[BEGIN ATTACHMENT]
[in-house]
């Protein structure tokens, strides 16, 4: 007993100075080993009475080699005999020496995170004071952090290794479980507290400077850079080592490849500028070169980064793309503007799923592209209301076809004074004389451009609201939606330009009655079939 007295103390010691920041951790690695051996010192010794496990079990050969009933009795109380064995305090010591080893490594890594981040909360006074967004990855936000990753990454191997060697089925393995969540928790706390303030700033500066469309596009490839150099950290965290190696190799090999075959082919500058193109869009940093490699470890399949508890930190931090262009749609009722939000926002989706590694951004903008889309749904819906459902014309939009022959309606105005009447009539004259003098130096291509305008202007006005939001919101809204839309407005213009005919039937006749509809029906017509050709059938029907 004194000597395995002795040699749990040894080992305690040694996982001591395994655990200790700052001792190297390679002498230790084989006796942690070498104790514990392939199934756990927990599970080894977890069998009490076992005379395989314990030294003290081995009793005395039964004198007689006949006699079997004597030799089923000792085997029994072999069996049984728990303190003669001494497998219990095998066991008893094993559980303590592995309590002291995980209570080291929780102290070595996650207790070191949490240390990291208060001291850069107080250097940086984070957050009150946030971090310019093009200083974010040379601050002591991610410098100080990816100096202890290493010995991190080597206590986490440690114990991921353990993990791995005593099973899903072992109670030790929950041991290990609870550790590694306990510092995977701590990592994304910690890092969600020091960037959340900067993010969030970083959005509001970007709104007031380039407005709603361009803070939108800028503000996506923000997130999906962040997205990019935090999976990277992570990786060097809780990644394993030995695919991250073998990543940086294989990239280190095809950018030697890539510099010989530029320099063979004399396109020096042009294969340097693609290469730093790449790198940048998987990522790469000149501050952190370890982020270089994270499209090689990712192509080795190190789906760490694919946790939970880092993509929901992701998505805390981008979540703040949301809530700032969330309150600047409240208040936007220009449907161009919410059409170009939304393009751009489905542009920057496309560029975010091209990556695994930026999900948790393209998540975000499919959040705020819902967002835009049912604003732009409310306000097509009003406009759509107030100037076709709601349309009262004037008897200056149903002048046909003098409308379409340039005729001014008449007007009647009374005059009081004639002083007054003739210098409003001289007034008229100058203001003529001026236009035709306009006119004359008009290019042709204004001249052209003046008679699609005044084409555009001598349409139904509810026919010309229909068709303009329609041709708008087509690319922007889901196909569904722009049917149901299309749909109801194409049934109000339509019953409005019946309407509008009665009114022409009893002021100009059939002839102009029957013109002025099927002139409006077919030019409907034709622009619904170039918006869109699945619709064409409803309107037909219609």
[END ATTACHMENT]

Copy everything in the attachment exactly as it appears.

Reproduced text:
[in-house]
């Protein structure tokens, strides 16, 4: 007993100075080993009475080699005999020496995170004071952090290794479980507290400077850079080592490849500028070169980064793309503007799923592209209301076809004074004389451009609201939606330009009655079939 007295103390010691920041951790690695051996010192010794496990079990050969009933009795109380064995305090010591080893490594890594981040909360006074967004990855936000990753990454191997060697089925393995969540928790706390303030700033500066469309596009490839150099950290965290190696190799090999075959082919500058193109869009940093490699470890399949508890930190931090262009749609009722939000926002989706590694951004903008889309749904819906459902014309939009022959309606105005009447009539004259003098130096291509305008202007006005939001919101809204839309407005213009005919039937006749509809029906017509050709059938029907 004194000597395995002795040699749990040894080992305690040694996982001591395994655990200790700052001792190297390679002498230790084989006796942690070498104790514990392939199934756990927990599970080894977890069998009490076992005379395989314990030294003290081995009793005395039964004198007689006949006699079997004597030799089923000792085997029994072999069996049984728990303190003669001494497998219990095998066991008893094993559980303590592995309590002291995980209570080291929780102290070595996650207790070191949490240390990291208060001291850069107080250097940086984070957050009150946030971090310019093009200083974010040379601050002591991610410098100080990816100096202890290493010995991190080597206590986490440690114990991921353990993990791995005593099973899903072992109670030790929950041991290990609870550790590694306990510092995977701590990592994304910690890092969600020091960037959340900067993010969030970083959005509001970007709104007031380039407005709603361009803070939108800028503000996506923000997130999906962040997205990019935090999976990277992570990786060097809780990644394993030995695919991250073998990543940086294989990239280190095809950018030697890539510099010989530029320099063979004399396109020096042009294969340097693609290469730093790449790198940048998987990522790469000149501050952190370890982020270089994270499209090689990712192509080795190190789906760490694919946790939970880092993509929901992701998505805390981008979540703040949301809530700032969330309150600047409240208040936007220009449907161009919410059409170009939304393009751009489905542009920057496309560029975010091209990556695994930026999900948790393209998540975000499919959040705020819902967002835009049912604003732009409310306000097509009003406009759509107030100037076709709601349309009262004037008897200056149903002048046909003098409308379409340039005729001014008449007007009647009374005059009081004639002083007054003739210098409003001289007034008229100058203001003529001026236009035709306009006119004359008009290019042709204004001249052209003046008679699609005044084409555009001598349409139904509810026919010309229909068709303009329609041709708008087509690319922007889901196909569904722009049917149901299309749909109801194409049934109000339509019953409005019946309407509008009665009114022409009893002021100009059939002839102009029957013109002025099927002139409006077919030019409907034709622009619904170039918006869109699945619709064409409803309107037909219609």